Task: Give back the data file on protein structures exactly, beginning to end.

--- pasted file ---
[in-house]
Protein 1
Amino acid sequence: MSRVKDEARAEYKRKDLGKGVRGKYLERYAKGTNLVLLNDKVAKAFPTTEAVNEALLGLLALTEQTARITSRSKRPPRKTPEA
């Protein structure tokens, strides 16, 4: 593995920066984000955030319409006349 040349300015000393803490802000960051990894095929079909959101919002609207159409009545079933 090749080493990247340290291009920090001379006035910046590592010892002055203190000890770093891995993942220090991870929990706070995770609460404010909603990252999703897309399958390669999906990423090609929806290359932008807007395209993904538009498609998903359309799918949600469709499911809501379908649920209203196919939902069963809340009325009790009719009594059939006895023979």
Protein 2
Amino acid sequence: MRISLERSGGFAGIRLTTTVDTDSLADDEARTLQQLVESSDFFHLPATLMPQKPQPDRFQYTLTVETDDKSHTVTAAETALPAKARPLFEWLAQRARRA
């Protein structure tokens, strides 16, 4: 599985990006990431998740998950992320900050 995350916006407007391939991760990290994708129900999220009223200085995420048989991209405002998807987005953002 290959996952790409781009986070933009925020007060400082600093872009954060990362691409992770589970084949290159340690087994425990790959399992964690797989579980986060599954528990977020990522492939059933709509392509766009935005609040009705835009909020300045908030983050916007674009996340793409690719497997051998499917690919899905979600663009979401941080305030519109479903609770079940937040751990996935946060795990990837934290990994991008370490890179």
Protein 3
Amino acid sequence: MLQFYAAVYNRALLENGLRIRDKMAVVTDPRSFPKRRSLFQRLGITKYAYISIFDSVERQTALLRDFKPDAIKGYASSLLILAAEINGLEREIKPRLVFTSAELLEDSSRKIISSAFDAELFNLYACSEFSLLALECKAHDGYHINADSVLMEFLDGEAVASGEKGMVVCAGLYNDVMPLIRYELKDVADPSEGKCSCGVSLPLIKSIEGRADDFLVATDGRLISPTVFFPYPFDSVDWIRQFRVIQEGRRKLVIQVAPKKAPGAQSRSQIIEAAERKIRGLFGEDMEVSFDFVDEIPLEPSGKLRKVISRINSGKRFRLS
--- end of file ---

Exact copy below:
[in-house]
Protein 1
Amino acid sequence: MSRVKDEARAEYKRKDLGKGVRGKYLERYAKGTNLVLLNDKVAKAFPTTEAVNEALLGLLALTEQTARITSRSKRPPRKTPEA
């Protein structure tokens, strides 16, 4: 593995920066984000955030319409006349 040349300015000393803490802000960051990894095929079909959101919002609207159409009545079933 090749080493990247340290291009920090001379006035910046590592010892002055203190000890770093891995993942220090991870929990706070995770609460404010909603990252999703897309399958390669999906990423090609929806290359932008807007395209993904538009498609998903359309799918949600469709499911809501379908649920209203196919939902069963809340009325009790009719009594059939006895023979």
Protein 2
Amino acid sequence: MRISLERSGGFAGIRLTTTVDTDSLADDEARTLQQLVESSDFFHLPATLMPQKPQPDRFQYTLTVETDDKSHTVTAAETALPAKARPLFEWLAQRARRA
């Protein structure tokens, strides 16, 4: 599985990006990431998740998950992320900050 995350916006407007391939991760990290994708129900999220009223200085995420048989991209405002998807987005953002 290959996952790409781009986070933009925020007060400082600093872009954060990362691409992770589970084949290159340690087994425990790959399992964690797989579980986060599954528990977020990522492939059933709509392509766009935005609040009705835009909020300045908030983050916007674009996340793409690719497997051998499917690919899905979600663009979401941080305030519109479903609770079940937040751990996935946060795990990837934290990994991008370490890179």
Protein 3
Amino acid sequence: MLQFYAAVYNRALLENGLRIRDKMAVVTDPRSFPKRRSLFQRLGITKYAYISIFDSVERQTALLRDFKPDAIKGYASSLLILAAEINGLEREIKPRLVFTSAELLEDSSRKIISSAFDAELFNLYACSEFSLLALECKAHDGYHINADSVLMEFLDGEAVASGEKGMVVCAGLYNDVMPLIRYELKDVADPSEGKCSCGVSLPLIKSIEGRADDFLVATDGRLISPTVFFPYPFDSVDWIRQFRVIQEGRRKLVIQVAPKKAPGAQSRSQIIEAAERKIRGLFGEDMEVSFDFVDEIPLEPSGKLRKVISRINSGKRFRLS